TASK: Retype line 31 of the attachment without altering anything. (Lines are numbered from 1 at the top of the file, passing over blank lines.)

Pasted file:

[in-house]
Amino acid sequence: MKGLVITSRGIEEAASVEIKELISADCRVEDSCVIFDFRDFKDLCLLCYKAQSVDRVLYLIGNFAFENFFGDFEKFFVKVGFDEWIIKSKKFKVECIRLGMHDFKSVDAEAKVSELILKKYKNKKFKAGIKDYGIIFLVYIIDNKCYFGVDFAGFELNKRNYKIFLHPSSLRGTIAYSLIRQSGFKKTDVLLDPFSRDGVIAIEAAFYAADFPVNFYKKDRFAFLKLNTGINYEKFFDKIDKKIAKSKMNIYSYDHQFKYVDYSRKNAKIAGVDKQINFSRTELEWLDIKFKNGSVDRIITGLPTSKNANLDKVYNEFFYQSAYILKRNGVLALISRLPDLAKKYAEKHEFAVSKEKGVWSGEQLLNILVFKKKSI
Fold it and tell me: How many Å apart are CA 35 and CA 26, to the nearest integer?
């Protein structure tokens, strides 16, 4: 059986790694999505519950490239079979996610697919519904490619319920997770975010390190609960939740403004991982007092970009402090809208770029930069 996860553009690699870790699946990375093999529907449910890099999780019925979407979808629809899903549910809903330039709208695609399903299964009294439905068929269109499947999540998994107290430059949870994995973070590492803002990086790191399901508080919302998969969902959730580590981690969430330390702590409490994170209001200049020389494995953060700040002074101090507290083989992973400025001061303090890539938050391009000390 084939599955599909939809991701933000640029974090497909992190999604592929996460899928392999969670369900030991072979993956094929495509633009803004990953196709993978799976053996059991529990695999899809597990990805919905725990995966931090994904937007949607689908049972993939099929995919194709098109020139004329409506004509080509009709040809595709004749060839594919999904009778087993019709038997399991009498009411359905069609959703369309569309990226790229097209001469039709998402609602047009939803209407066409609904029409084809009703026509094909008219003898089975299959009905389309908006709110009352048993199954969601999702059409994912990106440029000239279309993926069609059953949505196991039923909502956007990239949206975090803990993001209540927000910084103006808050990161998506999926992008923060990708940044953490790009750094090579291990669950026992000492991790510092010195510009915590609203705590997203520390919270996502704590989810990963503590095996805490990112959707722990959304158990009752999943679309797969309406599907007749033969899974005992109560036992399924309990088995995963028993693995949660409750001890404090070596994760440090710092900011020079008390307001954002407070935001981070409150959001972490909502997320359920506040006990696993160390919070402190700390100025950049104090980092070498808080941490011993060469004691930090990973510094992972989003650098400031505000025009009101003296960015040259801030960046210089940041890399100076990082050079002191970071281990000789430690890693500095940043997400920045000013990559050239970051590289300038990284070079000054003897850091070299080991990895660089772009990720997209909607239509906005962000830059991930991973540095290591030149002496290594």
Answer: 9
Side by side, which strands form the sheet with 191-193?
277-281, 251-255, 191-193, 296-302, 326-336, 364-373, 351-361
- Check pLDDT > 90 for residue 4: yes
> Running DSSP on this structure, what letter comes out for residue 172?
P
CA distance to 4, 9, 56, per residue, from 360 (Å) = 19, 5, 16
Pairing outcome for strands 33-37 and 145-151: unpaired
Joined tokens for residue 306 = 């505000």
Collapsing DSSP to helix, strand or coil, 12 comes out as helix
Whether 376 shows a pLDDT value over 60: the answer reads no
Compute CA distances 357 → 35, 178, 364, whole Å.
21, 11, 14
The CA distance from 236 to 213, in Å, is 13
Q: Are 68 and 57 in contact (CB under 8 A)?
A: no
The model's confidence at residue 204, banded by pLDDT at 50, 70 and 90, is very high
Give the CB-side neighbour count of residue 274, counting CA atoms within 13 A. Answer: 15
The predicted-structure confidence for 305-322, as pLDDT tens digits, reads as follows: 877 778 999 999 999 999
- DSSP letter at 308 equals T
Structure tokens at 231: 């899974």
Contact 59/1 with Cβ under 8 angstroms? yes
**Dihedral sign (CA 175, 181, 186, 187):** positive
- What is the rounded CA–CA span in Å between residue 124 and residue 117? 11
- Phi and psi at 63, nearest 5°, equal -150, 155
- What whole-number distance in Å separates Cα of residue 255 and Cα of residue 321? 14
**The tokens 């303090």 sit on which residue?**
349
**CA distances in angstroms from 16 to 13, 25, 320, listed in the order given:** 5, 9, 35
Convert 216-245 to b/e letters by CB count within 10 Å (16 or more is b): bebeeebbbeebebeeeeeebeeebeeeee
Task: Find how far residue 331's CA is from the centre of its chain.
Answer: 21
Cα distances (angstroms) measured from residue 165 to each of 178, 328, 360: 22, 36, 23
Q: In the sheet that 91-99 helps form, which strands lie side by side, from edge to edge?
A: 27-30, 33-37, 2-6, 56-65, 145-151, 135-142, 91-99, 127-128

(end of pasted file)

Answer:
**The tokens 């303090």 sit on which residue?**